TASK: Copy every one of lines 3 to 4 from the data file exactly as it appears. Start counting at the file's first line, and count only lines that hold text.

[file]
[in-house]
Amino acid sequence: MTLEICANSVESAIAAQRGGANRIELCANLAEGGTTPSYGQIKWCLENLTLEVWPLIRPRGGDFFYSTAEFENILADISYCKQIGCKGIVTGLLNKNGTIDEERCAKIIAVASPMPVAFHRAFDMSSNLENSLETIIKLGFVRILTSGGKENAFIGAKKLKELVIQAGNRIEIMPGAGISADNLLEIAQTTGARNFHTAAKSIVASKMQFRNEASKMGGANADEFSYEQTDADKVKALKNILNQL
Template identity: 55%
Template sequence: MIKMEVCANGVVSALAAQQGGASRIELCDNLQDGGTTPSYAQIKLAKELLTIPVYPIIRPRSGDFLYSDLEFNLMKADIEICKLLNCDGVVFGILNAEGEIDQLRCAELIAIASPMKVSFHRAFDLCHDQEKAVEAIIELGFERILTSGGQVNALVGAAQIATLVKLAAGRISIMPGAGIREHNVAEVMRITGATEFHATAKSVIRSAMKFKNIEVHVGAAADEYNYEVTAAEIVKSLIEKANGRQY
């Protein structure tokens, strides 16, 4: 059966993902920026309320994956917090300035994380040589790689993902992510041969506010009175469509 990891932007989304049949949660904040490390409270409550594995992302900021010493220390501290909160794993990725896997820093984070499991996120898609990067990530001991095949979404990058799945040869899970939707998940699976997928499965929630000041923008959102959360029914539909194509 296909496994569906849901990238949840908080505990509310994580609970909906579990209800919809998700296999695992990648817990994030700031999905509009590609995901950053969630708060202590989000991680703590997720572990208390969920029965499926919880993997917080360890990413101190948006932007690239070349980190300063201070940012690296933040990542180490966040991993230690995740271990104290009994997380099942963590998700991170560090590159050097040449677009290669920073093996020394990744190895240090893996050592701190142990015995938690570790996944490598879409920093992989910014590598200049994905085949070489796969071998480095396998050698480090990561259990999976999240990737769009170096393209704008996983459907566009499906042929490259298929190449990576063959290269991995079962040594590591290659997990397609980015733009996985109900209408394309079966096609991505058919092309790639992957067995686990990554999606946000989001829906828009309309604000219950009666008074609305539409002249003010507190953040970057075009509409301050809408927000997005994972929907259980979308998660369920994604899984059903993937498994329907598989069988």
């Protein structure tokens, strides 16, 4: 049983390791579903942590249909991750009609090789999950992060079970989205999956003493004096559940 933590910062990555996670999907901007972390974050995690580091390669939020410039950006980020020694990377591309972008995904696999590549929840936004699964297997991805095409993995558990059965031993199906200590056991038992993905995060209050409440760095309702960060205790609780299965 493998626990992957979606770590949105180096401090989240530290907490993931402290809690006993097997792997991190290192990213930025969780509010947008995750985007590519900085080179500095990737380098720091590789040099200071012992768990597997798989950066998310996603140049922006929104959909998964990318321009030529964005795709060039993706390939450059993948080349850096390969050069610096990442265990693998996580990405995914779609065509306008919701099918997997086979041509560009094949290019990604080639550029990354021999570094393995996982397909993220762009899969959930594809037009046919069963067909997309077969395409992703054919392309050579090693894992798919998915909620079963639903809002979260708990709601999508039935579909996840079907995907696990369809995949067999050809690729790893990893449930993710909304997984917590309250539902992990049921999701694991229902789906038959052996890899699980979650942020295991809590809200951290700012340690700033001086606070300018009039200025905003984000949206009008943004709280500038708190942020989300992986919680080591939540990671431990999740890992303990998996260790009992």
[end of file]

Template identity: 55%
Template sequence: MIKMEVCANGVVSALAAQQGGASRIELCDNLQDGGTTPSYAQIKLAKELLTIPVYPIIRPRSGDFLYSDLEFNLMKADIEICKLLNCDGVVFGILNAEGEIDQLRCAELIAIASPMKVSFHRAFDLCHDQEKAVEAIIELGFERILTSGGQVNALVGAAQIATLVKLAAGRISIMPGAGIREHNVAEVMRITGATEFHATAKSVIRSAMKFKNIEVHVGAAADEYNYEVTAAEIVKSLIEKANGRQY